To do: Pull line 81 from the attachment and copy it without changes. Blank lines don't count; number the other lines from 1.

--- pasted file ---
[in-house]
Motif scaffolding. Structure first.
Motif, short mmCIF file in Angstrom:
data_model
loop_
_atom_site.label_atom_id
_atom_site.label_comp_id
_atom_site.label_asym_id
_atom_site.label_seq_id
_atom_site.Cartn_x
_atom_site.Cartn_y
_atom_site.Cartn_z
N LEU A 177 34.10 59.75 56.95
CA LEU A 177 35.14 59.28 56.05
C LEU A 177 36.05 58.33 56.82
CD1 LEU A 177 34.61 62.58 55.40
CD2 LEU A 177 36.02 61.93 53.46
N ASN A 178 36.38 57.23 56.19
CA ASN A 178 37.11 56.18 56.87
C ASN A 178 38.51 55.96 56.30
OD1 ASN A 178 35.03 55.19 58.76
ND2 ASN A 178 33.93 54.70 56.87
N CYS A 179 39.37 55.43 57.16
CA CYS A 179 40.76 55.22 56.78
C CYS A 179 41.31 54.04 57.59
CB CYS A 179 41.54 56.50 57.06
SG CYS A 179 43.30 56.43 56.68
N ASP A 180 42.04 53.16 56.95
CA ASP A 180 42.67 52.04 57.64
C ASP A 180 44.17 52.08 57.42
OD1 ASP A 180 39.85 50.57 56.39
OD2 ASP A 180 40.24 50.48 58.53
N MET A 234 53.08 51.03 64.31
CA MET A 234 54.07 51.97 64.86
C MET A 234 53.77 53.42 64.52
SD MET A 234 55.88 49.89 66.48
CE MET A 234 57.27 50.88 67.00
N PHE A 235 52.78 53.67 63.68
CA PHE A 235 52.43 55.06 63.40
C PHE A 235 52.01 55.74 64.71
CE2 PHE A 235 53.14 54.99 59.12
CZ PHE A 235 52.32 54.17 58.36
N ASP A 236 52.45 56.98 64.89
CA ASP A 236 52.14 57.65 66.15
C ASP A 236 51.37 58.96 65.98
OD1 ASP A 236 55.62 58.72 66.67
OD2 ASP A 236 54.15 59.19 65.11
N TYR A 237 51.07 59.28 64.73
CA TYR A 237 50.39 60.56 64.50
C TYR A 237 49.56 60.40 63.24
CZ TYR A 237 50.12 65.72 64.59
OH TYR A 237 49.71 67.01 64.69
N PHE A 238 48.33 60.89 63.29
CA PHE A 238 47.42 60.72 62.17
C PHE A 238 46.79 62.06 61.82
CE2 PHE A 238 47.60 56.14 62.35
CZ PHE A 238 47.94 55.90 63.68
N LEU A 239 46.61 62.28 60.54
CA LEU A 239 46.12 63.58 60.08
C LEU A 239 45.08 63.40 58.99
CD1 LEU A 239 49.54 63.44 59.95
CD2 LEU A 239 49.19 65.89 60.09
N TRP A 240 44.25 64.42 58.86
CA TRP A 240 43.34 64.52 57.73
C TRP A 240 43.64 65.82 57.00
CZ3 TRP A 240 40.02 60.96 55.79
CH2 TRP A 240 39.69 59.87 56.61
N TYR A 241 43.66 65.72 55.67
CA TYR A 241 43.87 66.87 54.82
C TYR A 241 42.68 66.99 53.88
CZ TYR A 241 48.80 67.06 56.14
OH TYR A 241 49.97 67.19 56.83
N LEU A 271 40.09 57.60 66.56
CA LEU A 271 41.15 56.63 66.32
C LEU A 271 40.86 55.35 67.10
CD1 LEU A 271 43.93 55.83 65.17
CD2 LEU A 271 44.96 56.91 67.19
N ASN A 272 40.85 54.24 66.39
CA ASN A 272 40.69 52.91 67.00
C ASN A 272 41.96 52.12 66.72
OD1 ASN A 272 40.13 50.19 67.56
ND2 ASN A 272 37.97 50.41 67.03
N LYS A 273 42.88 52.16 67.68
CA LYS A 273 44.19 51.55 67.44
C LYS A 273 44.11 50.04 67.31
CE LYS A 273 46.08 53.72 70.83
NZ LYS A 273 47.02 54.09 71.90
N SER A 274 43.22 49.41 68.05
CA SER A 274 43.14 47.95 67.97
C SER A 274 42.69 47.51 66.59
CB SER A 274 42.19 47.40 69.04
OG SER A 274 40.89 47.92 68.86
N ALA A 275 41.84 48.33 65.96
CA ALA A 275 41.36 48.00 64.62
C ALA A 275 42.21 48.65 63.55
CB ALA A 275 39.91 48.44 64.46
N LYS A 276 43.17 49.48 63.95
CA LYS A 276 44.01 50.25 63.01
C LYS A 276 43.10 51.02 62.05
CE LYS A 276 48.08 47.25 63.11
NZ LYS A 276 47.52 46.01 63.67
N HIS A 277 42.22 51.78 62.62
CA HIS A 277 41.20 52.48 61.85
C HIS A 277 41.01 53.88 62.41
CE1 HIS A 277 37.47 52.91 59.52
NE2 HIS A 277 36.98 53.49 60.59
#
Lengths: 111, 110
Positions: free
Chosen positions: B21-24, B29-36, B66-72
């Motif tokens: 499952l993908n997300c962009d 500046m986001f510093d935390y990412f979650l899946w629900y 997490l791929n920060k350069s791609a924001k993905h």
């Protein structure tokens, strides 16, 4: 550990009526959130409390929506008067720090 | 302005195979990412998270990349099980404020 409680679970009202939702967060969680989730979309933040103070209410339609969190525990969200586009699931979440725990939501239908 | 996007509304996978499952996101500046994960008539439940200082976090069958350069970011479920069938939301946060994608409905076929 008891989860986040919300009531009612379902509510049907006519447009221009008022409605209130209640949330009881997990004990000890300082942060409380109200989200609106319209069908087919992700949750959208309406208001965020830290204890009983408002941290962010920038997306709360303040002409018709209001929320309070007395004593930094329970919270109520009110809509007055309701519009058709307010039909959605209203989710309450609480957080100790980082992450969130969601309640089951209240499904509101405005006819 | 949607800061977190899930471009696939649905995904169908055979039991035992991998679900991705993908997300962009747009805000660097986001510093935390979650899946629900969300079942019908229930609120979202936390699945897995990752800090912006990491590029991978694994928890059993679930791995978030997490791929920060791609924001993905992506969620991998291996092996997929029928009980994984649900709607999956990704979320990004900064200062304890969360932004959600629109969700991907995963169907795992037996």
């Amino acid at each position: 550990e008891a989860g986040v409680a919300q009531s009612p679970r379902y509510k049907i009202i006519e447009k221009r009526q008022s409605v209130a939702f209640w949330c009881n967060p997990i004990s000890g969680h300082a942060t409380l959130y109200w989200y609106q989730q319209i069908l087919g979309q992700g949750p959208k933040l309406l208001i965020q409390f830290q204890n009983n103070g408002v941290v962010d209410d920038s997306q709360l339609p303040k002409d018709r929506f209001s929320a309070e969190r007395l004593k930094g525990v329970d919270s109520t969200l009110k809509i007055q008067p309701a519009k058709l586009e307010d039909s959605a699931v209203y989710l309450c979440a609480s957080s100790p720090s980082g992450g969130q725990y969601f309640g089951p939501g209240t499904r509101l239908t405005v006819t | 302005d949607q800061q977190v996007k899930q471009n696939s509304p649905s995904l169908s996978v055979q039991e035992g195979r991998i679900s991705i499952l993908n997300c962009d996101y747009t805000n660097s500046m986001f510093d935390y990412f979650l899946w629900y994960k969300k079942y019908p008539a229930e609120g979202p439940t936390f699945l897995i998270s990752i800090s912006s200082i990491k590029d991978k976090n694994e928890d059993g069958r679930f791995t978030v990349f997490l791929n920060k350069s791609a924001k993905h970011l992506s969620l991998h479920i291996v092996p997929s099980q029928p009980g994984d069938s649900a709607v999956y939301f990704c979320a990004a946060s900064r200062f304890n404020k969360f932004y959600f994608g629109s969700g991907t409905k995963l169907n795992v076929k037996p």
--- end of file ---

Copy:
OD1 ASN A 272 40.13 50.19 67.56